A programming language instead of Turing machines for modeling uniform computation
Instead of Turing Machines, I introduce uniform computation using an equivalent model obtained by extending the straightline NAND programming language mentioned above to include loops and arrays (I call the resulting programming language “NAND++”). I do define Turing machines and show the equivalence to NAND++ program, so the students can connect this both to the historical context as well to other literature they may encounter.
I believe that the programming language formalism makes this model more concrete and familiar to the students than Turing machines. For examples, a result such as the equivalence of Turing machines with two dimensional tapes and one dimensional tapes is now described as showing that a language with two dimensional arrays can be “transpiled” into a language with one dimensional arrays only (i.e., two dimensional arrays can be implemented via “syntactic sugar”).
Moreover, because the NAND++ programming language is extremely simple and fully specified, it is easy to show its formal equivalence with TM’s. In fact, since NAND++ is essentially obtained by adding a “feedback loop” to Boolean circuits, this makes the Cook Levin theorem easier to prove. I even implemented the Cook Levin reduction in a Python notebook, and so students can see how one can transform a NAND++ program into a graph and a number such that has a cut of size if and only if the program had an input that makes it output . Alas, these graphs tend to be quite large:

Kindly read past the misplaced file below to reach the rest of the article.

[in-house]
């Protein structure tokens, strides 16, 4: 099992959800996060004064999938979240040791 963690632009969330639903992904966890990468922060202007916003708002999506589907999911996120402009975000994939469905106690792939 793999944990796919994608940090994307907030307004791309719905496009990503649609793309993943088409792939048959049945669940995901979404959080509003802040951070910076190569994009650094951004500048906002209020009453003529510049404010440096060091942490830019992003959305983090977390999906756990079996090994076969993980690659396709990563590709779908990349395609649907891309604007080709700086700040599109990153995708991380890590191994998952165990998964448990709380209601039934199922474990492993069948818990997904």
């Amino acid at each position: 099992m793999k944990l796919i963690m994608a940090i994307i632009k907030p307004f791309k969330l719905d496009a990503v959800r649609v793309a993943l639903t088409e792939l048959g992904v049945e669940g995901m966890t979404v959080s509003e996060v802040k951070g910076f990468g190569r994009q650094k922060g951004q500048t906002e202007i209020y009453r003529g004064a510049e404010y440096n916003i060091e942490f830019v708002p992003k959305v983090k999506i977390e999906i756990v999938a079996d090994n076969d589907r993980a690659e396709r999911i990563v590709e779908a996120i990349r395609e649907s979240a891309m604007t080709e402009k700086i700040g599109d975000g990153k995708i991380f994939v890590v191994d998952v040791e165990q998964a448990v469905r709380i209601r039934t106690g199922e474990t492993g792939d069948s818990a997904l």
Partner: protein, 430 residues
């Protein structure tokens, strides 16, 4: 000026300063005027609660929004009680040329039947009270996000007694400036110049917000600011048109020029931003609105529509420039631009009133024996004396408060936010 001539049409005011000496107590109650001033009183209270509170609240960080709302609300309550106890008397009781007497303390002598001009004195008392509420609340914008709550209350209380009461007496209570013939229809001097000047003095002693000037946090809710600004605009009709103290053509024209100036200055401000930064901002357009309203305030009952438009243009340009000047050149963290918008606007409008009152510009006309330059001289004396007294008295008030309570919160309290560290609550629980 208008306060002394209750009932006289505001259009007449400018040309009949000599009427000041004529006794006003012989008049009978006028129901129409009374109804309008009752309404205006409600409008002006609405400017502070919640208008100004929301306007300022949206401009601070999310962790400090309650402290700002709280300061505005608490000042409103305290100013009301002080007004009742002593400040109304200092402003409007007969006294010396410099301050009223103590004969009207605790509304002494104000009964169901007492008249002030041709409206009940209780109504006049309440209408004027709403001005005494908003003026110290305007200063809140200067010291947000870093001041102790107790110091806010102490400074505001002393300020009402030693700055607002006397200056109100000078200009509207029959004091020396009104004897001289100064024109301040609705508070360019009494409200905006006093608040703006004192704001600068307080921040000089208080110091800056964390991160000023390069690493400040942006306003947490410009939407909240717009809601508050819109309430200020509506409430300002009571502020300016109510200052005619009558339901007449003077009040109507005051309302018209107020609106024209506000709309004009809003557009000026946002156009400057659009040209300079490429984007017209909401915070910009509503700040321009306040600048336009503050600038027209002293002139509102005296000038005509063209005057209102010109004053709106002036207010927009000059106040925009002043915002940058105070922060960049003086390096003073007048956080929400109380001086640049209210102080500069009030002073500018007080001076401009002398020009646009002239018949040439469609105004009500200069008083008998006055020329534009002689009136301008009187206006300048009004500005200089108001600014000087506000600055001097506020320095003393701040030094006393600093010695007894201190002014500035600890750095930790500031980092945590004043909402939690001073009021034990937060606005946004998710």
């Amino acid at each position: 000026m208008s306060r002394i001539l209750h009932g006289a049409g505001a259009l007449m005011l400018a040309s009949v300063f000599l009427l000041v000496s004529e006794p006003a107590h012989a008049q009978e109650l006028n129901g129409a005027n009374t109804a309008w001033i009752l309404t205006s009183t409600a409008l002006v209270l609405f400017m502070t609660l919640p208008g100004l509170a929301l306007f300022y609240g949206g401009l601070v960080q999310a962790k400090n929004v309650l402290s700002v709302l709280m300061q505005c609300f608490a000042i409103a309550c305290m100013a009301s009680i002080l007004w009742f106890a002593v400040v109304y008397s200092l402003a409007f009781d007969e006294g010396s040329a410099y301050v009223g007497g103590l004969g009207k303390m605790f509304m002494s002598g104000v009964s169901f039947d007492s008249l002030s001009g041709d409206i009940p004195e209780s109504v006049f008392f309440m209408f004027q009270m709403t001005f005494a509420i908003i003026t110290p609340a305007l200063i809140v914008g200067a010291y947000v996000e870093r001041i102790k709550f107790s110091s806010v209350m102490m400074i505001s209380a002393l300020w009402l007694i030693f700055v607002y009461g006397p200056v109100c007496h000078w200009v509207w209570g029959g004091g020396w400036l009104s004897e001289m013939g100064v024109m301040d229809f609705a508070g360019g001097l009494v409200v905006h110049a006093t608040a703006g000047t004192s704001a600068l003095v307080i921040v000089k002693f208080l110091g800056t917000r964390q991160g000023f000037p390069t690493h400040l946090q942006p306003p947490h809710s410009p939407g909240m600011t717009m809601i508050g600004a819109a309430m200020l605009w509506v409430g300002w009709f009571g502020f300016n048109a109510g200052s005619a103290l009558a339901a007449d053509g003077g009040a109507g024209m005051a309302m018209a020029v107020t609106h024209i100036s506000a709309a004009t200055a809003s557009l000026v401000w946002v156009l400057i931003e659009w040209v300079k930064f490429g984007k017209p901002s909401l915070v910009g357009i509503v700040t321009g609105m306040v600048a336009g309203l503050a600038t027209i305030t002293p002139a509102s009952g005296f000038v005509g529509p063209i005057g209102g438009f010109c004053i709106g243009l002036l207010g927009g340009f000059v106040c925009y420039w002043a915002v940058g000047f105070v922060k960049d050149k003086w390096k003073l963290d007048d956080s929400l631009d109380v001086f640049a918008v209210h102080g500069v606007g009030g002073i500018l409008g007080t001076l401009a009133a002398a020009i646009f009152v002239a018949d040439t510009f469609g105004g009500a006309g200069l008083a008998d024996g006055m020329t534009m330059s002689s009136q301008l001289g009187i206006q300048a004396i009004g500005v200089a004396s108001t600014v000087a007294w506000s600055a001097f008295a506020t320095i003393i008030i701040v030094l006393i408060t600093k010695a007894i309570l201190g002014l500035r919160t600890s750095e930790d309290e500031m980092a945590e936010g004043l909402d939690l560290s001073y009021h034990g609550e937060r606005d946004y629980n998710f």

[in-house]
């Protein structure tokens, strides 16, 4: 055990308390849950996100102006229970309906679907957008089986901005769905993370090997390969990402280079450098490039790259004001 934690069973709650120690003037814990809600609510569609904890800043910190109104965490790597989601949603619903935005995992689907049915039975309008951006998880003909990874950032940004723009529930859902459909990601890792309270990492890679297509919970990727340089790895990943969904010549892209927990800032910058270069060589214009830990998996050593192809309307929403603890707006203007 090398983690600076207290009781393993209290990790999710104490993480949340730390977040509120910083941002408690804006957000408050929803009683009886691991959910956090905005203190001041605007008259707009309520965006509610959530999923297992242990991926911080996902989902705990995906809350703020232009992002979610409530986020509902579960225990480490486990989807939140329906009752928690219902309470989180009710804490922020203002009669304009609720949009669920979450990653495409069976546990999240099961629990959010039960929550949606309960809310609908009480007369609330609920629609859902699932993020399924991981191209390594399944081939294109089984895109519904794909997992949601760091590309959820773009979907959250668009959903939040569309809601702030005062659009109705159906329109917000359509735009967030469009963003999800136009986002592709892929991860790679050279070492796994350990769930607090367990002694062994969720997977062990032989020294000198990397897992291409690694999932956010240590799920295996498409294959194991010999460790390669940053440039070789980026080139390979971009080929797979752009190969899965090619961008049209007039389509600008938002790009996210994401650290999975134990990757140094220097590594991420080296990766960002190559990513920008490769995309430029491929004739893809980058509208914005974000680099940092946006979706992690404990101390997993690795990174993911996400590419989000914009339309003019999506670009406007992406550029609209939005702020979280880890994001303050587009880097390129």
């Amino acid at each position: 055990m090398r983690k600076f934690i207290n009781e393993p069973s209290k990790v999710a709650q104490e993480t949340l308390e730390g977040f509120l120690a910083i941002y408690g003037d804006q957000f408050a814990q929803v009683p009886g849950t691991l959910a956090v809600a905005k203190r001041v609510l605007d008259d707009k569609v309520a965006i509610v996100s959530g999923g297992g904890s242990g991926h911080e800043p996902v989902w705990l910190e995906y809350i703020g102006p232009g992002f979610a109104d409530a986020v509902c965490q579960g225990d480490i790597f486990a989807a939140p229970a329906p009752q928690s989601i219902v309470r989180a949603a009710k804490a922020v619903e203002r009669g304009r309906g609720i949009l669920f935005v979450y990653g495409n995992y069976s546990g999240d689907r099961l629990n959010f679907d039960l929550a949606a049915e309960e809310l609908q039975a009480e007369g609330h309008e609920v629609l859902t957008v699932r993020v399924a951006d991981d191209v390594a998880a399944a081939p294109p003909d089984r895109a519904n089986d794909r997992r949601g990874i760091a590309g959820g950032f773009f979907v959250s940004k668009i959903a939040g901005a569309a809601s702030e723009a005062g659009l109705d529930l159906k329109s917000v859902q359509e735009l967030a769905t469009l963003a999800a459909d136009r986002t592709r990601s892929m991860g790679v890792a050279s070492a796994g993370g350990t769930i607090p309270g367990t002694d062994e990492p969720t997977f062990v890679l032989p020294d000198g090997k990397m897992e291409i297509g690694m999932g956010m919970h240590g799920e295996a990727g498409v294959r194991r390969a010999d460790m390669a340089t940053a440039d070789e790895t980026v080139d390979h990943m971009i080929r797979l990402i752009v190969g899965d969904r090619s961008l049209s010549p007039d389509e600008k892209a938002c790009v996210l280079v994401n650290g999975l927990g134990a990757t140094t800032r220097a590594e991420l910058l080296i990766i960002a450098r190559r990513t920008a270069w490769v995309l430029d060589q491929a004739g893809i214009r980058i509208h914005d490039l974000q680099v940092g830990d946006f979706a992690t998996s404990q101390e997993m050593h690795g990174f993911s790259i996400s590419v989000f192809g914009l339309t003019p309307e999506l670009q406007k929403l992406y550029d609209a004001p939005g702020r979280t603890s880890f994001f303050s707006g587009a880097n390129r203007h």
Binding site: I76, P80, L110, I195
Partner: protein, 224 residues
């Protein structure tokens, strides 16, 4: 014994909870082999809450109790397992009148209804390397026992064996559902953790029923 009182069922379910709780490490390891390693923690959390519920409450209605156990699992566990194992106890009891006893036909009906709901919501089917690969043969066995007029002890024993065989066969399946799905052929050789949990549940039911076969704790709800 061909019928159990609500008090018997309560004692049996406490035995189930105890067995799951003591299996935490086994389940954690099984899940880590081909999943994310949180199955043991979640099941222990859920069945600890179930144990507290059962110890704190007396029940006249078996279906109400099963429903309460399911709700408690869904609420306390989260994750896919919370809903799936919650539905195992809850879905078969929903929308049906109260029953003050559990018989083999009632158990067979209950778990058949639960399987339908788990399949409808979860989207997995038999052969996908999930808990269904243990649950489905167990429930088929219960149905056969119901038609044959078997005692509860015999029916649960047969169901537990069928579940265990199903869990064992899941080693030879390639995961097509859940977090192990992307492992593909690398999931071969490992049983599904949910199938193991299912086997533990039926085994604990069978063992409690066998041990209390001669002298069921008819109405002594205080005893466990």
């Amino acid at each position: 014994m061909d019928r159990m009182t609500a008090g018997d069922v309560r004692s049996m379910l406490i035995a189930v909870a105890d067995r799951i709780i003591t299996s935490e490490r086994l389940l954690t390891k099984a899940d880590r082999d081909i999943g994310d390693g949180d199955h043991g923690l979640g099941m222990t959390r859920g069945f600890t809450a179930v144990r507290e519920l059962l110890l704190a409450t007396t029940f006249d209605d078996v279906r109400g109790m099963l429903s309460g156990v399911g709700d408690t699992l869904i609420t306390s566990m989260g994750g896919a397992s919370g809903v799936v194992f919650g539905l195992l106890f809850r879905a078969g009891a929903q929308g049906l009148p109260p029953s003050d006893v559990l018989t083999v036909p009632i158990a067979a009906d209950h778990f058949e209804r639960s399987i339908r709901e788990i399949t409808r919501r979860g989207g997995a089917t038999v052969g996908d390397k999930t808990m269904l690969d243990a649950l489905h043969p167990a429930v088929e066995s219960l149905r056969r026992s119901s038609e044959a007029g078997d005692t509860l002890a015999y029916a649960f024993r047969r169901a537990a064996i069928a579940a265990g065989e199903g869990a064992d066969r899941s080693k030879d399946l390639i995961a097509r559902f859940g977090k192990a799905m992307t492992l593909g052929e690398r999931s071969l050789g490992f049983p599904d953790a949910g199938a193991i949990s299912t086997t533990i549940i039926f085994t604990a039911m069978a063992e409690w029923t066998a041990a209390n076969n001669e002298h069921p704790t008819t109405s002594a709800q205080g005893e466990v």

I also introduce yet another extension of NAND++ that allows indirect access to arrays, and hence is essentially equivalent to the standard RAM machine model used (implicitly) in algorithms courses. (I call this language NAND<<.) Using a RAM based model makes the distinction between notions such as and time more meaningful, and makes the time complexity classes correspond to the informal definitions of linear and quadratic time that students encountered in their algorithms lectures (or their whiteboard coding interviews..).
More advanced topics
Reducing the time dedicated to automata (and eliminating context free languages, though I do touch on them in the text in an optional section) allows to spend more time on topics such randomness and computation, the interactions between proofs and programs (including Gödel’s incompleteness, interactive proof systems, and even a bit on the -calculus and the Curry-Howard correspondence), cryptography, and quantum computing.
The book is still work in progress, but I think is already quite usable as a textbook. Indeed, much of the feedback I got on the course was that people were happy with the text (though perhaps they merely preferred it to the lectures due to my teaching abilities 🙂 ). One student even got me this coffee mug:
In any case, I hope to get more comments as I work on it over the summer. Regardless of whether or not it’s eventually published as a book, I intend to keep a version of it freely available online.